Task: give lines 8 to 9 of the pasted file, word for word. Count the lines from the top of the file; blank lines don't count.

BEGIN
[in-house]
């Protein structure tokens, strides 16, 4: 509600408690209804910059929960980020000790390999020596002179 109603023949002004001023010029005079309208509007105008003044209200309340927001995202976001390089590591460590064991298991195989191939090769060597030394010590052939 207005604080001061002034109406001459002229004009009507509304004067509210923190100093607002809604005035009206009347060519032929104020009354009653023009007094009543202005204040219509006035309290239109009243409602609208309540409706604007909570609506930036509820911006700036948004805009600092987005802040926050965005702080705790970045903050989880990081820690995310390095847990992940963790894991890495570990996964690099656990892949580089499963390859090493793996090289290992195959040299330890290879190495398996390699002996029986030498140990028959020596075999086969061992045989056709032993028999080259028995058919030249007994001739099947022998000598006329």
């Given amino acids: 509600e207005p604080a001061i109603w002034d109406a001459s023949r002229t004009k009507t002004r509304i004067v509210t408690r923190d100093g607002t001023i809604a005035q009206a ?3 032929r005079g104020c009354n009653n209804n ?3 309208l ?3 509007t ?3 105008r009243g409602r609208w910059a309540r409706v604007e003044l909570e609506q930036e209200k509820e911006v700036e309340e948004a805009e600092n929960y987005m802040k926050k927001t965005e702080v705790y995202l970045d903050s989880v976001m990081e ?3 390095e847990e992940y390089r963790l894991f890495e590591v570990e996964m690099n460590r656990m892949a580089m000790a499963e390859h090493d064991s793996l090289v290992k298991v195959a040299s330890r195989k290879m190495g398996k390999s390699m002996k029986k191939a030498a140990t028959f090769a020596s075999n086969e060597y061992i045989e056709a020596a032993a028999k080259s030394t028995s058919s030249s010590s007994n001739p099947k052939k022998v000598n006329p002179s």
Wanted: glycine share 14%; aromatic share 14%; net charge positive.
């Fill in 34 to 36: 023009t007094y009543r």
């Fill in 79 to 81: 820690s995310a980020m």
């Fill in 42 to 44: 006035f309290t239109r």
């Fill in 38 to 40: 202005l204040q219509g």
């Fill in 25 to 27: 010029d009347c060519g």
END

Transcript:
């Fill in 38 to 40: 202005l204040q219509g």
């Fill in 25 to 27: 010029d009347c060519g």